Lay Summary Vlog

Assessment overview

A lay summary video blog (vlog) is a 5 minute individual video presentation providing an overview of students’ research project presented to a non-scientific audience. It is developed alongside a journal article (find case study here) that summarizes research findings to a scientific audience. Both assessments are equivalents/ alternatives to a more traditional combination of a dissertation and a viva. 

Programme overview 

Global Masters of Public Health is a fully online degree with 105 students (numbers as of 2021/22) coming from across different parts of the world. Students on the programme are part time mature students who are often working and are spread across many different locations and time zones, hence the programme is spread over 2-3 years.  

Design decisions

Rationale for the assessment type

When Global Masters of Public Health (GMPH) was developed, the idea was that it would be equivalent to the on campus programme just spread over time. The on campus Masters has a viva where students have to present for 15 minutes, which is then followed up by questions lasting approximately 5 minutes. This was mirrored in the online programme through the vlog. The vlog is them presenting their research to a lay audience. This is a very important skill, particularly for public health professionals as part of a public health professionals duties is engaging and educating, discussing public health issues with the public who are often not part of the public health community, who don't have the same knowledge.  

Fit with other assessment methods on the module and the programme

The assessment is part of Research Portfolio 4 module. There are four modules that are interlinked, i.e. research portfolios 1, 2, 3 and 4. The vlog is the culmination of research portfolio 4 and throughout those four modules the students design and develop their own research project. In Portfolio 4 they undertake their research and then they write it up as a journal article. The vlog is the final assessment undertaken for the module and is strongly linked to the Journal Article.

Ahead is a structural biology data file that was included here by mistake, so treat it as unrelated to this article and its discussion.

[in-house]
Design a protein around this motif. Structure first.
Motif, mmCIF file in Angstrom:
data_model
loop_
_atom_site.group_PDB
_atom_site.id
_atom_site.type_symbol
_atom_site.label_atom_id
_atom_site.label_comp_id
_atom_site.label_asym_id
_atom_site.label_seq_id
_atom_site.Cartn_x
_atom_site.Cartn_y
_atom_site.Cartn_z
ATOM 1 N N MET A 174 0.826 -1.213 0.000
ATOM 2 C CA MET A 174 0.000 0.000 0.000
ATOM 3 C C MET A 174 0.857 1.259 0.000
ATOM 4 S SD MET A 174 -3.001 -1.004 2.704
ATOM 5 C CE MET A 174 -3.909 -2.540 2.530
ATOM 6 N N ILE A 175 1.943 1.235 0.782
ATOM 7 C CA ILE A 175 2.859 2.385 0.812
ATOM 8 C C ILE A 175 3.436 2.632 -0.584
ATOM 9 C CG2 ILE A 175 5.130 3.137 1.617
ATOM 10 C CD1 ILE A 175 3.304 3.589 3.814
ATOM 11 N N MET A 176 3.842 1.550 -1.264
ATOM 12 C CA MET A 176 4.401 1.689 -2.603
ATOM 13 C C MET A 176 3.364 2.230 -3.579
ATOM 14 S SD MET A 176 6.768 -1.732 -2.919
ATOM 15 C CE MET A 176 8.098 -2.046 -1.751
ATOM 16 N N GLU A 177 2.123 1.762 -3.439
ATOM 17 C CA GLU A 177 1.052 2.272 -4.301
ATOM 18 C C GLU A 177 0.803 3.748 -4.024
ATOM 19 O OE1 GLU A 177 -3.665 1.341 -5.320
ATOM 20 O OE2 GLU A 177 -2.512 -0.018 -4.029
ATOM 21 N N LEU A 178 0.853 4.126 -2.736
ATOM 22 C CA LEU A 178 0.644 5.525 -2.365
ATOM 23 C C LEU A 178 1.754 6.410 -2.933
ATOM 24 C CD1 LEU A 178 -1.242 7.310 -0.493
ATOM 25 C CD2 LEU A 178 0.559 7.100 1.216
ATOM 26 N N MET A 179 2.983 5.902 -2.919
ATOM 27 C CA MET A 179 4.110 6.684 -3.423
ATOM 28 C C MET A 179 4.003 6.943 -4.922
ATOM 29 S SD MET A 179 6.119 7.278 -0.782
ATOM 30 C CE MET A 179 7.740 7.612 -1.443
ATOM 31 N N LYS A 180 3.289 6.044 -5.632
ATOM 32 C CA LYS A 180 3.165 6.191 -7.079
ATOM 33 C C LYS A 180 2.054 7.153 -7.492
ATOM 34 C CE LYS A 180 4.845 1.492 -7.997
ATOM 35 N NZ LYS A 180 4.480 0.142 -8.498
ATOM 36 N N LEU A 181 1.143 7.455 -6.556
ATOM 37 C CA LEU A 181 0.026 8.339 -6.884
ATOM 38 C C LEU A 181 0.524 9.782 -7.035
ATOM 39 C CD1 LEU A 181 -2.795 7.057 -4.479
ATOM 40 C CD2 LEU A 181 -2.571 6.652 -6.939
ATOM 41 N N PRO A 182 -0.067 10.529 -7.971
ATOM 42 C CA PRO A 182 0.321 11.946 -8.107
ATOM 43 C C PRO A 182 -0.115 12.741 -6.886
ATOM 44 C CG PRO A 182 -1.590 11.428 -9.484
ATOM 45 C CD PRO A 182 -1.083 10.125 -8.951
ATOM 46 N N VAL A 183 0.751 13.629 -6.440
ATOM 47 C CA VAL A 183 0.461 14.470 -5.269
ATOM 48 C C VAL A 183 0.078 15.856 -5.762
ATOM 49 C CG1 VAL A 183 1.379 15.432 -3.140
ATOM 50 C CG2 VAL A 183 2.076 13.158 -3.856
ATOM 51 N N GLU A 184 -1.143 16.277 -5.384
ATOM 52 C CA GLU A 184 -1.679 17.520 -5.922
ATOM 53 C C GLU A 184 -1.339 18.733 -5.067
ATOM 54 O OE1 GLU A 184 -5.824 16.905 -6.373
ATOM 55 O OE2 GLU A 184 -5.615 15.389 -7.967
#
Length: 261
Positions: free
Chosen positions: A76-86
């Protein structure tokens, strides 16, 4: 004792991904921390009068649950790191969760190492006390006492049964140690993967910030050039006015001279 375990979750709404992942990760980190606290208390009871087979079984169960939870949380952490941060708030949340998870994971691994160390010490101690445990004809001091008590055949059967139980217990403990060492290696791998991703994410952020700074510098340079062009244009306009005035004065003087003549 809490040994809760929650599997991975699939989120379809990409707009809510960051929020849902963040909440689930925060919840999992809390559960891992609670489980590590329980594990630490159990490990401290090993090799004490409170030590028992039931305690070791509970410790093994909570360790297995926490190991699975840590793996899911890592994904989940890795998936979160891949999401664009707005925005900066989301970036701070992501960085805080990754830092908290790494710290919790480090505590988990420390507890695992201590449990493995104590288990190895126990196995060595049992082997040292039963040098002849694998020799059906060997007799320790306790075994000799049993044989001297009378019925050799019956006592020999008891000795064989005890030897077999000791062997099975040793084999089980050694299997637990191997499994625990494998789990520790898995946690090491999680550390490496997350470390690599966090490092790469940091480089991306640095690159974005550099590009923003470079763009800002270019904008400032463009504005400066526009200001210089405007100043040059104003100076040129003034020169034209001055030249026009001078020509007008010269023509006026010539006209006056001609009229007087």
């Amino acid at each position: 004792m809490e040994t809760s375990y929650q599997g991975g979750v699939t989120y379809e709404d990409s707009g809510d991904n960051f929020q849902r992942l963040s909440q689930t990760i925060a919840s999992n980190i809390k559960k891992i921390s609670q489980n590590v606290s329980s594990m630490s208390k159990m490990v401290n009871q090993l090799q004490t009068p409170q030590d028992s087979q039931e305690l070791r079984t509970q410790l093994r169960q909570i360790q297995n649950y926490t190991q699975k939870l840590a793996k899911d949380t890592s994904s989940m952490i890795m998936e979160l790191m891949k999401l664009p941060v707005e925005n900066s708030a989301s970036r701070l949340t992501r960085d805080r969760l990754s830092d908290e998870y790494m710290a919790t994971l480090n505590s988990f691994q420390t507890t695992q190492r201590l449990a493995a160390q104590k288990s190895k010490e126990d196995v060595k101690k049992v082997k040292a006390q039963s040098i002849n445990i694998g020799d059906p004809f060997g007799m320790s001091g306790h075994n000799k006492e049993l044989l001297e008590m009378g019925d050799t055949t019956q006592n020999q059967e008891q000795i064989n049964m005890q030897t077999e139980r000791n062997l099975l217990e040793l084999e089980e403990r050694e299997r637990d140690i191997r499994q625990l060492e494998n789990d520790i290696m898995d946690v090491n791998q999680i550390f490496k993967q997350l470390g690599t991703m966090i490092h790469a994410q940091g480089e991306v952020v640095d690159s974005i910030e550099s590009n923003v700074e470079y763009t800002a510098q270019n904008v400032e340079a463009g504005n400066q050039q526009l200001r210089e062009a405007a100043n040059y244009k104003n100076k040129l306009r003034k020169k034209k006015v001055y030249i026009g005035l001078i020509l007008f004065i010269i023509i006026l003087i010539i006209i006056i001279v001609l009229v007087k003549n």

Practicalities

Preparing students for assessment

All of the assessments for the module are discussed in detail at the start of the module. The students are made aware of what the assessment is, what the timeline is and how they will be assessed (i.e. what the criteria are). This information is also available in the handbook. In addition to that there are live drop in sessions where assessment can be clarified further and due to the nature of the cohort students are encouraged to email or use the forum for any further clarification and support if the live sessions are schedule at a time when attendance is made difficult due to prior commitments or time zones. 

The students are given four questions to cover in their video (imagine they were being interviewed): 

  • “why did you conduct this study?” 
  • “what was your methodology?”,  
  • “what did you find?” etc,  
  • “what did you conclude?” 

Alongside additional guidance as to requirements of the output - they can only just speak into a camera, they can't use graphics, or anything that distracts from the spoken message aimed at lay audience. The focus of assessment is checking if students can take their journal article, condense it into 5 minutes, and understand that the way you would explain your research to someone who's in the same area is different to how you would explain it to someone who is not from the same area.  

Marking

The marking criteria are as follows: 

  • Lay Audience (including adapting content, how understandable to the content is and use of jargon or complex language) 
  • Content (including structure, coherence, relevance, topics covered) 
  • Style (including delivery, language, tone, grammar, rapport with audience) 
  • Presentation Structure 

There are two blind independent markers marking the assignments separately. They're all academics within the school of Public Health. Those markers are identified from the department based on their interests and research methodologies they apply. The module lead allocates one person as the first marker, one person as the second marker, and then only the first marker comments are seen by the students. But the first marker is supposed to discuss the work [with the second marker] and potentially combine their comments into one. Hence ultimately just one set of comments is provided to the students. 

Feedback

The purpose of the feedback is commenting on how well they students have done with the task, and think when they next need to discuss something with the public and how they could improve choosing appropriate language. 

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